October was designated as Energy Awareness Month in September 1991. Since then, the Department of Energy (DOE) has highlighted the importance of energy management. For most people, that means paying more attention to energy efficiency and conservation activities, adjusting the temperature on the thermostat, turning off the lights when you leave the room, and ensuring proper insulation throughout the house.
The demand for energy is growing. Power consumption is projected to triple by 2050, due in part to electrification. In order to meet the increasing demand for energy, production from renewable energy sources will need to scale up nine to 13 times in the next 30 years.
The concept of energy awareness needs to broaden to encompass both energy security and energy independence. Energy security and independence are intertwined in the demands for power and the transition to clean energy. Independence will provide security, and we can’t have security without independence.
Energy Security Is Availability
Energy security is confidence in having continuous access to reliable sources of power. Unfortunately, the current infrastructure is not able to support current needs, much less the growing demand.
In Texas, customers were urged to conserve energy after several plants shut unexpectedly during an early heat wave in mid-May. In mid-June, Ohio residents experienced rolling outages during a heat wave after a storm damaged transmission lines and knocked out power to over 200,000 homes and businesses. The operator overseeing the grid from Minnesota to Louisiana warned that parts of its coverage area are at increased risk of temporary outages to preserve the integrity of the grid.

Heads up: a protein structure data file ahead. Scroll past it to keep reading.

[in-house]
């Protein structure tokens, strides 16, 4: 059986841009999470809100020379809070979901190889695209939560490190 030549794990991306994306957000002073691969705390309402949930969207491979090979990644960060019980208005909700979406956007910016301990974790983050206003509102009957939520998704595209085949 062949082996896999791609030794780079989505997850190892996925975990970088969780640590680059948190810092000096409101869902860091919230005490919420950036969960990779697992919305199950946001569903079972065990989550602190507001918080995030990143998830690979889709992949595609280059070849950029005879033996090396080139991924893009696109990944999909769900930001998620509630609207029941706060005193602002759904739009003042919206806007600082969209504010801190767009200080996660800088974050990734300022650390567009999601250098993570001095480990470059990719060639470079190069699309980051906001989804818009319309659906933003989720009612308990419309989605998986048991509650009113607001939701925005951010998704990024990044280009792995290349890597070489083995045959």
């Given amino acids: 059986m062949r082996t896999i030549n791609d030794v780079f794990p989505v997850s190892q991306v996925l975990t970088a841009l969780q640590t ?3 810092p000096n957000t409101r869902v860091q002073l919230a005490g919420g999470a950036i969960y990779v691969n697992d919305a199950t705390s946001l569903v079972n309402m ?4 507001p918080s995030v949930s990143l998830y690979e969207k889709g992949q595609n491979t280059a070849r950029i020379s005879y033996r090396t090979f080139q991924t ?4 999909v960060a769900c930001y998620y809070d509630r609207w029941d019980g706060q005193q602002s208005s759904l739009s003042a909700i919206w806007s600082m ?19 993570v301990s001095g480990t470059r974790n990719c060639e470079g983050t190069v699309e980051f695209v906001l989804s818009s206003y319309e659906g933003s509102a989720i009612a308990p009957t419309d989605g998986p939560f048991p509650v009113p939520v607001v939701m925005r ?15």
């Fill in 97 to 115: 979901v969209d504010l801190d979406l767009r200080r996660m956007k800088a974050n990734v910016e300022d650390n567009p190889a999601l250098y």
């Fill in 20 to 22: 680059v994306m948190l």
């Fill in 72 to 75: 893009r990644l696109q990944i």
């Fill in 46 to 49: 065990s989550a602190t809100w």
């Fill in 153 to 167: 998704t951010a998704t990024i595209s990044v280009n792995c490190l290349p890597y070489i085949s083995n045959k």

Some consumers are also faced with conflicting messages. California has announced that by 2035 all new cars, trucks and SUVs sold in the state to be powered by electricity or hydrogen. At the same time, California is experiencing record-high temperatures that have strained its power grid. Over the recent Labor Day weekend, consumers were asked to conserve electricity by setting thermostats to 78 degrees or higher to reduce air conditioner use and avoid charging electric vehicles.
To achieve energy security, we need to capture all available energy generated by traditional and renewable power sources. Microgrids would allow a business, a neighborhood, or even a small town, to support itself. Long-duration energy storage systems, powered by advanced battery technology, ensure nothing goes to waste that can be used at a later time when energy demand peaks.
The challenge lies in the sheer number of battery chemistries available. We need to focus on developing two or three of the most promising technologies. We need to spend our investments wisely so that we can accelerate development. The longer it takes to hone in on the solution, the longer it will take to provide that solution. That speed of development is going to provide the energy security and the energy independence we need.
Energy Independence is Sourcing